Judge: Psystar can claim Apple 'copyright misuse'

California judge who dismissed Mac clone maker's antitrust suit is letting it amend its counterclaim against Apple, which had sued it for copyright and trademark infringement in July.

A federal judge is letting Mac clone maker Psystar amend its legal defense against Apple.

Psystar was delivered a blow in November, when Judge William Alsup of the U.S. District Court in Northern California dismissed Psystar's antitrust claims against the Cupertino, Calif.-based Mac maker. The antitrust suit was a response to a copyright and trademark infringement suit Apple filed in July against Psystar, whose OpenComputers are designed to run the Mac OS X operating system.

In its amended complaint, Psystar accuses Apple of copyright misuse, as well as unfair competition violations based on its alleged copyright misuse.

Judge Alsup, in citing a previous case--Practice Management Information Corp v. American Medical Association--notes in his order:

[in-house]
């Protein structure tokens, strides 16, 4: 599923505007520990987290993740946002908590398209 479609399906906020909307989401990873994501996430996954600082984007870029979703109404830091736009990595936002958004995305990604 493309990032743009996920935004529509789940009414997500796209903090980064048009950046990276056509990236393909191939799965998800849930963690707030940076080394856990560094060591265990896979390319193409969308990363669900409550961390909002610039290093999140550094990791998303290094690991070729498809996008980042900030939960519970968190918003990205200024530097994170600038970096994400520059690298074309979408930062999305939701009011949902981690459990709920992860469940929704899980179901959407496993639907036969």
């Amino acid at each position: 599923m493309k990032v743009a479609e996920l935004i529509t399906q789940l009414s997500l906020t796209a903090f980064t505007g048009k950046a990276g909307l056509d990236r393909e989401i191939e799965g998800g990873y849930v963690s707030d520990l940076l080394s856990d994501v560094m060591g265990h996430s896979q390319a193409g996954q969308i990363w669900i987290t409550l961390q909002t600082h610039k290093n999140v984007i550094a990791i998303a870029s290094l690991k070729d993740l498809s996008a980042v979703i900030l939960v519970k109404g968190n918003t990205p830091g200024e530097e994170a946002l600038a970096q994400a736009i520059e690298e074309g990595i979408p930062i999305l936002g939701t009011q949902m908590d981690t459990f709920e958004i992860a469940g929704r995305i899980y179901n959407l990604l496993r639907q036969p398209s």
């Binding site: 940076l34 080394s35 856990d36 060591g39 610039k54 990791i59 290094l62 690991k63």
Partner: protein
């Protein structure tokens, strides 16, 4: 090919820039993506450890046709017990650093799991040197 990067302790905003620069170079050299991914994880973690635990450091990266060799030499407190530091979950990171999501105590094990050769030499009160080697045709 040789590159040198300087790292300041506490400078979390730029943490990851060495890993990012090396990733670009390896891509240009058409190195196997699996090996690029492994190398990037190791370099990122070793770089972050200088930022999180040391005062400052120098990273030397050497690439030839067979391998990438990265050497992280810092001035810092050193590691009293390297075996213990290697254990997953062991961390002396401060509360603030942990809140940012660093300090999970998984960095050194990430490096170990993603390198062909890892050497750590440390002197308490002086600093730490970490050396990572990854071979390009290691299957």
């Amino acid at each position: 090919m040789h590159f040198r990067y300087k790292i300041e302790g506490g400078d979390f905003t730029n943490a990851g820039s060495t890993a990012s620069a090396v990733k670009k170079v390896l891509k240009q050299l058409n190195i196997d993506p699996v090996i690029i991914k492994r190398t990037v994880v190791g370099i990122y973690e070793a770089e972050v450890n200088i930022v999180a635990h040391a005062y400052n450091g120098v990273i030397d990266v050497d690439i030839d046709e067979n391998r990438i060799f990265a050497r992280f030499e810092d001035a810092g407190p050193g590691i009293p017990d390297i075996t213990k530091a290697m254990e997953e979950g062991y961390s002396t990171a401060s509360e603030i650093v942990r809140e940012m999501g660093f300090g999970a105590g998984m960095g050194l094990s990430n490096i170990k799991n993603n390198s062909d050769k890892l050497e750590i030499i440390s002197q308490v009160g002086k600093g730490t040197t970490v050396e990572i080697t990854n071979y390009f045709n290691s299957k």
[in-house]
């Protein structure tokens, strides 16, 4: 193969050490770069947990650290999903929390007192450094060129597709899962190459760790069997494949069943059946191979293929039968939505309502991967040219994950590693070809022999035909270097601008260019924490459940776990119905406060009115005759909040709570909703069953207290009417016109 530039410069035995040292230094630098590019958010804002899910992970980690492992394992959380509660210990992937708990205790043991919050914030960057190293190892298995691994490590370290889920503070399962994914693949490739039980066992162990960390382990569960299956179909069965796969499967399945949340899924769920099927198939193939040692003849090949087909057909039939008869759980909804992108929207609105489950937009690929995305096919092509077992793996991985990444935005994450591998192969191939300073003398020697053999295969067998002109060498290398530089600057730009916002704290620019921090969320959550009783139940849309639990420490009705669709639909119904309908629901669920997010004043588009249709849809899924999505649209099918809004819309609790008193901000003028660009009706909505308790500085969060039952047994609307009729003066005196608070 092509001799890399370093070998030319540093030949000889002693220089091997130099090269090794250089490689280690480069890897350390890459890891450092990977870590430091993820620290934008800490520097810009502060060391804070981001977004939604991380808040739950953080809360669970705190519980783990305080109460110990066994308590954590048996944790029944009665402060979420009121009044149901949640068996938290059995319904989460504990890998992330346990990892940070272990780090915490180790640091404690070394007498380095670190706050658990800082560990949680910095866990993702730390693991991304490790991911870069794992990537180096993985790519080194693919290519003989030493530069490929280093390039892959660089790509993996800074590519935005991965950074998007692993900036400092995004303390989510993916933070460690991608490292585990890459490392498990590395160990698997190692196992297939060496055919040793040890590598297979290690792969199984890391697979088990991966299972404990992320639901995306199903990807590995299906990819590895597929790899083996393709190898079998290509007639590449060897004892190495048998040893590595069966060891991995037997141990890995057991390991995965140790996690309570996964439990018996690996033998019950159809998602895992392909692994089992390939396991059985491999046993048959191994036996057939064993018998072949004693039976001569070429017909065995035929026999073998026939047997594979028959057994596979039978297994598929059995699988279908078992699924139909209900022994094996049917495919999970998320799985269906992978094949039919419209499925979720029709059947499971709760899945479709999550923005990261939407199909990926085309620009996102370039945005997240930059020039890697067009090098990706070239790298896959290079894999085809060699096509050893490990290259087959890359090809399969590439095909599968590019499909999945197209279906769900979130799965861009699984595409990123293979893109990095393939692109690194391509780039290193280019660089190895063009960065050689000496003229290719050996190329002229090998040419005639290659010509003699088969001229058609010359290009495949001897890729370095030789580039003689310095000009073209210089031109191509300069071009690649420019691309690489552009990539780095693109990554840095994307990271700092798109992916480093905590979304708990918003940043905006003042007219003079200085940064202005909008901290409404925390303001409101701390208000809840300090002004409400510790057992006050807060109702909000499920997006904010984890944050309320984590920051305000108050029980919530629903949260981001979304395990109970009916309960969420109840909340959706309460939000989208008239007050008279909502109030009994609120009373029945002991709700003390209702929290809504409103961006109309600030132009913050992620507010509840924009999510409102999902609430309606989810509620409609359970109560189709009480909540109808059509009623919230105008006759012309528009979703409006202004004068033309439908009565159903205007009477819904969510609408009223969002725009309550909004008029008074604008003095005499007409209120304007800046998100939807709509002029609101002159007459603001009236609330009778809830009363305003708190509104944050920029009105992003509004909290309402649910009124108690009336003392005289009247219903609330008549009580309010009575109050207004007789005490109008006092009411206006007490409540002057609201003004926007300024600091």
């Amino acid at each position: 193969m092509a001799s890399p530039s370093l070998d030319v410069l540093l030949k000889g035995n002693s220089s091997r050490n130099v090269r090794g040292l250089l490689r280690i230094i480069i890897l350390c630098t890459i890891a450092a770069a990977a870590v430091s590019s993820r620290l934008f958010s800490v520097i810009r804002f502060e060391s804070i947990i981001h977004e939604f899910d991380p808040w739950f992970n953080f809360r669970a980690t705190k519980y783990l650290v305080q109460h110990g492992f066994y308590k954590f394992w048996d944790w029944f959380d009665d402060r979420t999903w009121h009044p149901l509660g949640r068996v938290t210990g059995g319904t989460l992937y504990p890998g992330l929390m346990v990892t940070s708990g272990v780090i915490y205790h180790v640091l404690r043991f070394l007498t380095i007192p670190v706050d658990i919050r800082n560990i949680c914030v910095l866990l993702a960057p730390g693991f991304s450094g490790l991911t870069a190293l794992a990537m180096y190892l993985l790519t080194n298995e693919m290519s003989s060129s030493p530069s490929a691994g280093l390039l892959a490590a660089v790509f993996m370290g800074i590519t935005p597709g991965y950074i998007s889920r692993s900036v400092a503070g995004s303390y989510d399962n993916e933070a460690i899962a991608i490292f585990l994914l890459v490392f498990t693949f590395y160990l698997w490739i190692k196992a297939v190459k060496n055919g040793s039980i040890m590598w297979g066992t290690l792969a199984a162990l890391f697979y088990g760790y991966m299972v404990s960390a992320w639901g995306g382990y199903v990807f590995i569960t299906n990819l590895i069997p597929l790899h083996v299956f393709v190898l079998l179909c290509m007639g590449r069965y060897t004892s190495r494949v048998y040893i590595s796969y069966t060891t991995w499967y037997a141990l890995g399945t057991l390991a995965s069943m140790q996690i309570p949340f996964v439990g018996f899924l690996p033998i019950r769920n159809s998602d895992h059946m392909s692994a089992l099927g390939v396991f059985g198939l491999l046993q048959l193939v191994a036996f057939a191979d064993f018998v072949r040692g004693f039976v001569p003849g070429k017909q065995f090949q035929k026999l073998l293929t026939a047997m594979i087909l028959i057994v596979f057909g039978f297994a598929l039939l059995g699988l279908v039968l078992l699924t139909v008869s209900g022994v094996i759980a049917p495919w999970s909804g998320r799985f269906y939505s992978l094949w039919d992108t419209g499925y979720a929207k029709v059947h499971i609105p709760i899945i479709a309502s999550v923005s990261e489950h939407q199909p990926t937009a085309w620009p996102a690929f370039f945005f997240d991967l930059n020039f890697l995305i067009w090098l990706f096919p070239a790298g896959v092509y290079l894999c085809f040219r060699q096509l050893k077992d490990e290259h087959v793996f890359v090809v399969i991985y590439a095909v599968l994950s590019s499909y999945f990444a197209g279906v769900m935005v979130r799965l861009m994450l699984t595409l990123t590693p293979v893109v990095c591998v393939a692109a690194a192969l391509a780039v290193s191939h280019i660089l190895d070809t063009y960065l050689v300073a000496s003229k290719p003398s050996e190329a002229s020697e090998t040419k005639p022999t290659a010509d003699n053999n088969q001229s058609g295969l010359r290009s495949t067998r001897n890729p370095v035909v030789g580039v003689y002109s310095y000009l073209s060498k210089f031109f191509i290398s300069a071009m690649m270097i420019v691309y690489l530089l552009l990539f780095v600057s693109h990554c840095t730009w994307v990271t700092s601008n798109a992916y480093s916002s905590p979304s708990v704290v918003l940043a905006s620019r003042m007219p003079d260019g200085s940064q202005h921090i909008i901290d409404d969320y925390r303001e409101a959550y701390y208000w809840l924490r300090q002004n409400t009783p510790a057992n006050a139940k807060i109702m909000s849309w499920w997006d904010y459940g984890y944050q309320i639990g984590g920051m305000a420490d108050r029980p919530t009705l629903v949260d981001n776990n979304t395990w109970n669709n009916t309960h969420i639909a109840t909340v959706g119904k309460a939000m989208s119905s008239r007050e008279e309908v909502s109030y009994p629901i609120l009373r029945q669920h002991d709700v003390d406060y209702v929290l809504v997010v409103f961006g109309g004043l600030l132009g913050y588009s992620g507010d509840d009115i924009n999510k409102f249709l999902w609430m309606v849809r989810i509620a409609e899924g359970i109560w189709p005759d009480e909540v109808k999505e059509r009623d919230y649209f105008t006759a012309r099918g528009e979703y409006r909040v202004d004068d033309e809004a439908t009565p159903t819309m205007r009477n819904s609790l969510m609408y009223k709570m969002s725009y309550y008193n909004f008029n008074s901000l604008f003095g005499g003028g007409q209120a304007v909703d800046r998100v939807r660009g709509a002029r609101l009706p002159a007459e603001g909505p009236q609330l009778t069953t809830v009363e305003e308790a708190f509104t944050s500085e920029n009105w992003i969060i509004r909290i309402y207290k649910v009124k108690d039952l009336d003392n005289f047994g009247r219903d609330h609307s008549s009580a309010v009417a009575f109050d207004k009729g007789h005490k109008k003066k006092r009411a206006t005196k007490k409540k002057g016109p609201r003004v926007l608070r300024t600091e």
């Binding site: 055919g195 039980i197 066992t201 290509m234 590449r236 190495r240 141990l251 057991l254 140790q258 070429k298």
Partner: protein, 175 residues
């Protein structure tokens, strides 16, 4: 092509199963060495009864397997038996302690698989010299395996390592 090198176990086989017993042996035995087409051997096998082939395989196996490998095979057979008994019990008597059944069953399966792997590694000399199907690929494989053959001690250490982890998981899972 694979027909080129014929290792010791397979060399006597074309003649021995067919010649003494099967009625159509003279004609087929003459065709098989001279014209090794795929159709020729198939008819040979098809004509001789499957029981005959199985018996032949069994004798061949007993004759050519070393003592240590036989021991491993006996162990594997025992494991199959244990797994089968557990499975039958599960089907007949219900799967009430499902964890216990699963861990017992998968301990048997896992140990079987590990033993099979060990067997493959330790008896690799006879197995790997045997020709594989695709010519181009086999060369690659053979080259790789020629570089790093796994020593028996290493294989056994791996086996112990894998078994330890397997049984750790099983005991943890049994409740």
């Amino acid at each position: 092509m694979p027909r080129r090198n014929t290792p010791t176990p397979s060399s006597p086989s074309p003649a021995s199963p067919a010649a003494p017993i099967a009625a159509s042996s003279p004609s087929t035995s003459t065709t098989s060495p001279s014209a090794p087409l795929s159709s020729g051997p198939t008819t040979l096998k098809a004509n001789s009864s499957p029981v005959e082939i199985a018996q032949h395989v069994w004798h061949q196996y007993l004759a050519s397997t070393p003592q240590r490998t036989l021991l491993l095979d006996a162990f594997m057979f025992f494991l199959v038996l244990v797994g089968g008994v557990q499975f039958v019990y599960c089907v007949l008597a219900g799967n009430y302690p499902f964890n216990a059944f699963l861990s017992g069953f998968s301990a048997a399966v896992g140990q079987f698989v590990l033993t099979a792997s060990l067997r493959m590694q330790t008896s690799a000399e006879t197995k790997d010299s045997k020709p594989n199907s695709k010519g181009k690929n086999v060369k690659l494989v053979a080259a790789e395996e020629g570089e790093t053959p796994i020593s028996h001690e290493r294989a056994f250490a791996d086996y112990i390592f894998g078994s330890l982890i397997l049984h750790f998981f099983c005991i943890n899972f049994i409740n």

Copyright misuse does not invalidate a copyright, but precludes its enforcement during the period of misuse." Practice Management, 121 F.3d at 520 n.9. Moreover, "a defendant in a copyright infringement suit need not prove an antitrust violation to prevail on a copyright misuse defense." Id. at 521.

While Judge Alsup found in Psystar's favor by allowing the company to continue its counterclaim with a misuse-of-copyright argument, he denied its motion to amend its claim that Apple's copyright-oriented conduct threatens or harms competition.

Psystar argues that the alleged misuse is, "at the least, unfair in that Apple has attempted (and continues to attempt) to extend the reach of its copyrights by tying them to computer hardware not otherwise protected by the Copyright Act." (Reply at 12). It fails to explain, however, how this conduct constitutes harm to competition or a violation of the spirit of the antitrust laws.

In the context of single-firm conduct, tying requires monopolization. Psystar has identified none--other than the limited monopolies inherent in the copyrights themselves.

According to a report in Computerworld, a trial for the case is set to begin on November 9.

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